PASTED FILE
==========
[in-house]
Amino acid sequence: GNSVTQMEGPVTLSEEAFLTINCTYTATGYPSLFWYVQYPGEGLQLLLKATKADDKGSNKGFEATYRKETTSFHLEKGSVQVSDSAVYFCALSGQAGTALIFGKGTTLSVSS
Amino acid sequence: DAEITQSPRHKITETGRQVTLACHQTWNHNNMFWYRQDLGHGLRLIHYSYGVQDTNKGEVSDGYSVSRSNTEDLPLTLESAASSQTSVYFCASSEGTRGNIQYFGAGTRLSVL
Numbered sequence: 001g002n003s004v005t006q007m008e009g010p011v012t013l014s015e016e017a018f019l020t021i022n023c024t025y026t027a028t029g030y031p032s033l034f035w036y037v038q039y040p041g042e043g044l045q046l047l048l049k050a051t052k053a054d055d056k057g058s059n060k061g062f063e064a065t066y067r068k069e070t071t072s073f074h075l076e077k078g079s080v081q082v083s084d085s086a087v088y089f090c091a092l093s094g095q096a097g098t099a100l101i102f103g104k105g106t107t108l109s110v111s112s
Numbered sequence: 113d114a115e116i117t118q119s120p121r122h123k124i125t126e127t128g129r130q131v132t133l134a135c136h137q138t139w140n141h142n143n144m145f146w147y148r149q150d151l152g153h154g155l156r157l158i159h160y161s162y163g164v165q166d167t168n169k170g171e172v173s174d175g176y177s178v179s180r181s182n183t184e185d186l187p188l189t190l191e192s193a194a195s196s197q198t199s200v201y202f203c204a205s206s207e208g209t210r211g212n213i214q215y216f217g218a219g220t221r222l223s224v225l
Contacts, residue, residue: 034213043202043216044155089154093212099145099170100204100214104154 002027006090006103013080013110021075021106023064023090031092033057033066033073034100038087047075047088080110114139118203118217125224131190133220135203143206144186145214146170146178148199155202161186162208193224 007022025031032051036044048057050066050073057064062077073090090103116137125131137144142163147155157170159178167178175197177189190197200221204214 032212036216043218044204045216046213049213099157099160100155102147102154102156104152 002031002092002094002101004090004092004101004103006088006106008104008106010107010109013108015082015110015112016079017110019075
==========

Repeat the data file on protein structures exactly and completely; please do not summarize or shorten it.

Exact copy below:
[in-house]
Amino acid sequence: GNSVTQMEGPVTLSEEAFLTINCTYTATGYPSLFWYVQYPGEGLQLLLKATKADDKGSNKGFEATYRKETTSFHLEKGSVQVSDSAVYFCALSGQAGTALIFGKGTTLSVSS
Amino acid sequence: DAEITQSPRHKITETGRQVTLACHQTWNHNNMFWYRQDLGHGLRLIHYSYGVQDTNKGEVSDGYSVSRSNTEDLPLTLESAASSQTSVYFCASSEGTRGNIQYFGAGTRLSVL
Numbered sequence: 001g002n003s004v005t006q007m008e009g010p011v012t013l014s015e016e017a018f019l020t021i022n023c024t025y026t027a028t029g030y031p032s033l034f035w036y037v038q039y040p041g042e043g044l045q046l047l048l049k050a051t052k053a054d055d056k057g058s059n060k061g062f063e064a065t066y067r068k069e070t071t072s073f074h075l076e077k078g079s080v081q082v083s084d085s086a087v088y089f090c091a092l093s094g095q096a097g098t099a100l101i102f103g104k105g106t107t108l109s110v111s112s
Numbered sequence: 113d114a115e116i117t118q119s120p121r122h123k124i125t126e127t128g129r130q131v132t133l134a135c136h137q138t139w140n141h142n143n144m145f146w147y148r149q150d151l152g153h154g155l156r157l158i159h160y161s162y163g164v165q166d167t168n169k170g171e172v173s174d175g176y177s178v179s180r181s182n183t184e185d186l187p188l189t190l191e192s193a194a195s196s197q198t199s200v201y202f203c204a205s206s207e208g209t210r211g212n213i214q215y216f217g218a219g220t221r222l223s224v225l
Contacts, residue, residue: 034213043202043216044155089154093212099145099170100204100214104154 002027006090006103013080013110021075021106023064023090031092033057033066033073034100038087047075047088080110114139118203118217125224131190133220135203143206144186145214146170146178148199155202161186162208193224 007022025031032051036044048057050066050073057064062077073090090103116137125131137144142163147155157170159178167178175197177189190197200221204214 032212036216043218044204045216046213049213099157099160100155102147102154102156104152 002031002092002094002101004090004092004101004103006088006106008104008106010107010109013108015082015110015112016079017110019075